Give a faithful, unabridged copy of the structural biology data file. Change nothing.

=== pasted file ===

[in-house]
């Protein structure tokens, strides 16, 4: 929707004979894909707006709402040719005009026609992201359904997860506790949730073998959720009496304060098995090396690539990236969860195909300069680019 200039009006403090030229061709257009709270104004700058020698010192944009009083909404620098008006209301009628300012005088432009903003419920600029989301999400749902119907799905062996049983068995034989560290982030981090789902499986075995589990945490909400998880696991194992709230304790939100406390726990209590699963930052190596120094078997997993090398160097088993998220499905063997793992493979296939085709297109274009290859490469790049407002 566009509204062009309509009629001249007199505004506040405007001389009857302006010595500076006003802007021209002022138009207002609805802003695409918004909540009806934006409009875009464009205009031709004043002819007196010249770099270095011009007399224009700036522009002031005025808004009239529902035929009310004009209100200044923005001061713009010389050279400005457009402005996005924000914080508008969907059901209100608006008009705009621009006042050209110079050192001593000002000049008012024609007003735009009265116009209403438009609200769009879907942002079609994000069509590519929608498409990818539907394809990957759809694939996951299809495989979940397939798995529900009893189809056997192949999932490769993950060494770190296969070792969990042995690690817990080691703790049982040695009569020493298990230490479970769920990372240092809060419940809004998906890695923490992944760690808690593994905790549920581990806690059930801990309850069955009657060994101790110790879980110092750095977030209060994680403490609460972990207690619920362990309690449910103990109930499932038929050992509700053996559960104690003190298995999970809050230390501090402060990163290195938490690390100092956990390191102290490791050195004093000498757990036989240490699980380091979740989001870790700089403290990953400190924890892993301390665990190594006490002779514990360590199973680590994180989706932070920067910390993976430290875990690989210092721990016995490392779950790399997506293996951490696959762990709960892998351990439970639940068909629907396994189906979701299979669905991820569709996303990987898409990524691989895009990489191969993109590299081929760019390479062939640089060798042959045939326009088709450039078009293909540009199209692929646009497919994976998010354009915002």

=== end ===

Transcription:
[in-house]
């Protein structure tokens, strides 16, 4: 929707004979894909707006709402040719005009026609992201359904997860506790949730073998959720009496304060098995090396690539990236969860195909300069680019 200039009006403090030229061709257009709270104004700058020698010192944009009083909404620098008006209301009628300012005088432009903003419920600029989301999400749902119907799905062996049983068995034989560290982030981090789902499986075995589990945490909400998880696991194992709230304790939100406390726990209590699963930052190596120094078997997993090398160097088993998220499905063997793992493979296939085709297109274009290859490469790049407002 566009509204062009309509009629001249007199505004506040405007001389009857302006010595500076006003802007021209002022138009207002609805802003695409918004909540009806934006409009875009464009205009031709004043002819007196010249770099270095011009007399224009700036522009002031005025808004009239529902035929009310004009209100200044923005001061713009010389050279400005457009402005996005924000914080508008969907059901209100608006008009705009621009006042050209110079050192001593000002000049008012024609007003735009009265116009209403438009609200769009879907942002079609994000069509590519929608498409990818539907394809990957759809694939996951299809495989979940397939798995529900009893189809056997192949999932490769993950060494770190296969070792969990042995690690817990080691703790049982040695009569020493298990230490479970769920990372240092809060419940809004998906890695923490992944760690808690593994905790549920581990806690059930801990309850069955009657060994101790110790879980110092750095977030209060994680403490609460972990207690619920362990309690449910103990109930499932038929050992509700053996559960104690003190298995999970809050230390501090402060990163290195938490690390100092956990390191102290490791050195004093000498757990036989240490699980380091979740989001870790700089403290990953400190924890892993301390665990190594006490002779514990360590199973680590994180989706932070920067910390993976430290875990690989210092721990016995490392779950790399997506293996951490696959762990709960892998351990439970639940068909629907396994189906979701299979669905991820569709996303990987898409990524691989895009990489191969993109590299081929760019390479062939640089060798042959045939326009088709450039078009293909540009199209692929646009497919994976998010354009915002």